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Solved: Two pea plants heterozygous for the characters of

Biology | 8th Edition | ISBN: 9780805368444 | Authors: Neil A. Campbell ISBN: 9780805368444 183

Solution for problem 2 Chapter Chapter 14

Biology | 8th Edition

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Biology | 8th Edition | ISBN: 9780805368444 | Authors: Neil A. Campbell

Biology | 8th Edition

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Problem 2

Two pea plants heterozygous for the characters of pod color and pod shape are crossed. Draw a Punnett square to determine the phenotypic nltios ofthe offspring.

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Abnormal Psychology – PTSD 2/23 Post-Traumatic Stress disorder: Diagnosis  Being exposed to actual or threatened death, serious injury, or sexual violence.  You could develop PTSD after directly experiencing the event, witnessing an event happen right in front of you, learning about a violent or accidental event that happened to a person that you have a close relationship with, or experiencing repeated or extreme exposure to details of an event (For example: a police officer that hears about violent, brutal crimes daily).  There are 4 categories of PTSD symptoms, most of which are recurrent. ▬ Intrusion symptoms – unwanted experiences and thoughts people have that are related to the event. Flashbacks and nightmares are both examples of intrusion symptoms. ▬ Avoidance symptoms – when you try to avoid any reminders of the event. For example, you might avoid certain places, people, thoughts, memories, events, etc. because they remind you of the traumatic event. ▬ Negative cognitions and mood – when you feel detached and not as close to people anymore. Inability to form close relationships. ▬ Arousal/reactivity symptoms – hypervigilance. When someone becomes extremely aware and alert when a minor thing triggers them and reminds them of their trauma.  You cannot use the same symptom for PTSD and another disorder. This means that you cannot use one symptom to go towards 2 different disorders.  You must have symptoms for at least one month to receive a diagnosis. PTSD: Epidemiology  Prevalence – 6.8% of the population will have PTSD at some point  Sex difference – Men are more likely to be exposed to a traumatic event, but women are more likely to be diagnosed. The ratio is 3 women to every 1 man.  Age of onset – Any age. This depends on what age the traumatic event occurs. Usually get diagnosed around 3 months after the traumatic event. PTSD: Risk factors  Family history of a psychiatric disorder can put someone at a greater risk. (Living with family members with psychiatric disorders can make one’s life more chaotic than it would normally be.)  High extraversion and neuroticism  Having conduct problems in childhood  Occupation  Having less than a college education PTSD: Biological  Dependent vs independent stressful life events  Genetics and personality can influence how many risky behaviors someone partakes in Abnormal Psychology – PTSD 2/23  Serotonin gene, trauma exposure, and low social support mixed together makes you more at risk for PTSD. Having social support puts you less at risk.  The structure of someone’s hippocampus can somewhat lead to PTSD. You are more at risk to develop PTSD after a traumatic event if you have a small hippocampus. PTSD: Psychological  A disorder of “non-recovery”. This means that symptoms are continius after a 1 month period.  Given exposure to trauma, the risk for PTSD depends on: ▬ The nature of the stressor ▬ Your neuroticism ▬ Preexisting problems with depression and anxiety ▬ Appraisals people make of their own stress symptoms. (How you interoperate the event) ▬ Having low levels of social support PTSD: Sociocultural  Race/ethnicity – white individuals are more likely to be exposed to trauma. Black individuals are more likely to have PTSD.  Factors related to your adjustment to combat: ▬ Justification for the combat (Does the person believe the action was justified) ▬ Identification with the combat unit ▬ Quality of leadership ▬ Returning to negative and unsupportive social environment could raise the risk for PTSD PTSD: Prevention and treatment  Advanced preparation – training people for what they might expect and how to deal with the stress  Crisis intervention – sending a team of crisis workers to debrief people. (This usually happens right after a mass trauma/natural disaster)  Medications – Selective serotonin reuptake inhibitors aren’t the best way to treat PTSD, but they could potentially be helpful.  Cognitive-Behavior Therapy ▬ Prolonged exposure therapy – Trying to break the cycle of negative thoughts and avoidance. This therapy makes the individual expose themselves to the feelings in a safe, controlled environment. Amount of exposure needed to help varies. This treatment is very difficult to go through, but it has been proven to be very effective. ▬ Cognitive restructuring – trying to get rid of people’s self-blame about a situation. This helps people to change thoughts and think about them in a more realistic, valid, and positive way.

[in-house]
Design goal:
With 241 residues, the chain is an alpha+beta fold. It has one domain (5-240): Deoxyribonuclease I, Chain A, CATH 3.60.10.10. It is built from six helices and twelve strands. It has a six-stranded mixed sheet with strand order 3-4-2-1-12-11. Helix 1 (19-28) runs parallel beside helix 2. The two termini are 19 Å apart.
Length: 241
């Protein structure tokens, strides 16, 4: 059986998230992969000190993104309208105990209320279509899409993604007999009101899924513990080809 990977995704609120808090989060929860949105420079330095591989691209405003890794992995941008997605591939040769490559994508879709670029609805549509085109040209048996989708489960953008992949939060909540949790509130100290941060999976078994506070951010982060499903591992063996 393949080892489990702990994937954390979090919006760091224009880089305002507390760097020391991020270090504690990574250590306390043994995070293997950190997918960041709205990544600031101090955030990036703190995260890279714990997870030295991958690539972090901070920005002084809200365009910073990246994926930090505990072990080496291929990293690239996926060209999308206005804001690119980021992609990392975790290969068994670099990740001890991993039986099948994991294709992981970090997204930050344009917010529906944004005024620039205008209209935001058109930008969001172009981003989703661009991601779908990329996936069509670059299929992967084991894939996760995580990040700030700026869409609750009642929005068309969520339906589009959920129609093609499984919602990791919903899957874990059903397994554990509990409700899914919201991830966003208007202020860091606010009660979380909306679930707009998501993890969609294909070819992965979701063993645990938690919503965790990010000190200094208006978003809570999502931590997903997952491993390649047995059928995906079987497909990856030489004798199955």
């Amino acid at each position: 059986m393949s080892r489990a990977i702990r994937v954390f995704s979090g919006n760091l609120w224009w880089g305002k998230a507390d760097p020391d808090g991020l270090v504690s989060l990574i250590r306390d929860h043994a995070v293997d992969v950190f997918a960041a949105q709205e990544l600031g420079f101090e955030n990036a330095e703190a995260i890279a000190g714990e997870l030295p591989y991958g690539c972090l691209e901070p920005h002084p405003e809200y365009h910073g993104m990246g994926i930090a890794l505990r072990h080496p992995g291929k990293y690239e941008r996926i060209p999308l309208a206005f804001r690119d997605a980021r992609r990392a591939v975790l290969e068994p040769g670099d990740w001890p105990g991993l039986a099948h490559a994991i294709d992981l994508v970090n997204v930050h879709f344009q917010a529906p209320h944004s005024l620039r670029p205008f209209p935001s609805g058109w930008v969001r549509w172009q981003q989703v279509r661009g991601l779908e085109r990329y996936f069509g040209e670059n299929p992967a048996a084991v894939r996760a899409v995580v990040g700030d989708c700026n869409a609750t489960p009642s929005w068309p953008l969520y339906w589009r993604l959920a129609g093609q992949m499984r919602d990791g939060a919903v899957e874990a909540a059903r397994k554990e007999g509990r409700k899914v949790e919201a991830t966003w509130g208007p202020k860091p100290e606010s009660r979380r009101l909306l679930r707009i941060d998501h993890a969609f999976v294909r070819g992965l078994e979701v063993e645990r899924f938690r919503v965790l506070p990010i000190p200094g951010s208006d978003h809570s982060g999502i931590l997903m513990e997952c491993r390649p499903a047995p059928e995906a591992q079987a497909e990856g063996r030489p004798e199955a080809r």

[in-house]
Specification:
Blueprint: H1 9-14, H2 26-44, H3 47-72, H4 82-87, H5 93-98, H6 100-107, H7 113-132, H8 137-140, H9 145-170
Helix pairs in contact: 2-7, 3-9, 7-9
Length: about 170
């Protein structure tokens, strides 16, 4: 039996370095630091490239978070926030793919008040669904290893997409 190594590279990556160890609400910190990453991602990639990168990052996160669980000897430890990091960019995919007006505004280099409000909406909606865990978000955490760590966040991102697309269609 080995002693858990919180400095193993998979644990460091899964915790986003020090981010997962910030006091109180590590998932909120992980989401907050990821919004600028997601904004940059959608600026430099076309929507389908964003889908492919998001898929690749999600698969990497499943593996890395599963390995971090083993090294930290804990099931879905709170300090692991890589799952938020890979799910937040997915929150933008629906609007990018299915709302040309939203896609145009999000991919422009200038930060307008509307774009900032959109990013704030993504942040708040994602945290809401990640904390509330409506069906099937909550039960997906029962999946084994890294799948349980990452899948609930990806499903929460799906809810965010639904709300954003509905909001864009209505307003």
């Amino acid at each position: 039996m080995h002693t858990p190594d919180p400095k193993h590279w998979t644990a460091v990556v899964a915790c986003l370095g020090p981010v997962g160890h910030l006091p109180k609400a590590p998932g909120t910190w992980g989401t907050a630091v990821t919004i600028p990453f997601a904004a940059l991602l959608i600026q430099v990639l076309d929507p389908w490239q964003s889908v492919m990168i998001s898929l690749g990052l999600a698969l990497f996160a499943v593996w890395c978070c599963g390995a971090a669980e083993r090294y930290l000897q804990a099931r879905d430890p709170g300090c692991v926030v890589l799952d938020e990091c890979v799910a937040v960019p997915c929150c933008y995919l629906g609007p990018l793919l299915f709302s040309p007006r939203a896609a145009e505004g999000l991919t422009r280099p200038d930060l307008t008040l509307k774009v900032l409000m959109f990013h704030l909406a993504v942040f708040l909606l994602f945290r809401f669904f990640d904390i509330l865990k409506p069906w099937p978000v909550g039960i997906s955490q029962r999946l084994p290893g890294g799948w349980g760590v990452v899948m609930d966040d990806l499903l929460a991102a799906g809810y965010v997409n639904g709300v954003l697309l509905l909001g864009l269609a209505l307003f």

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Chapter Chapter 14, Problem 2 is Solved
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Textbook: Biology
Edition: 8
Author: Neil A. Campbell
ISBN: 9780805368444

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Solved: Two pea plants heterozygous for the characters of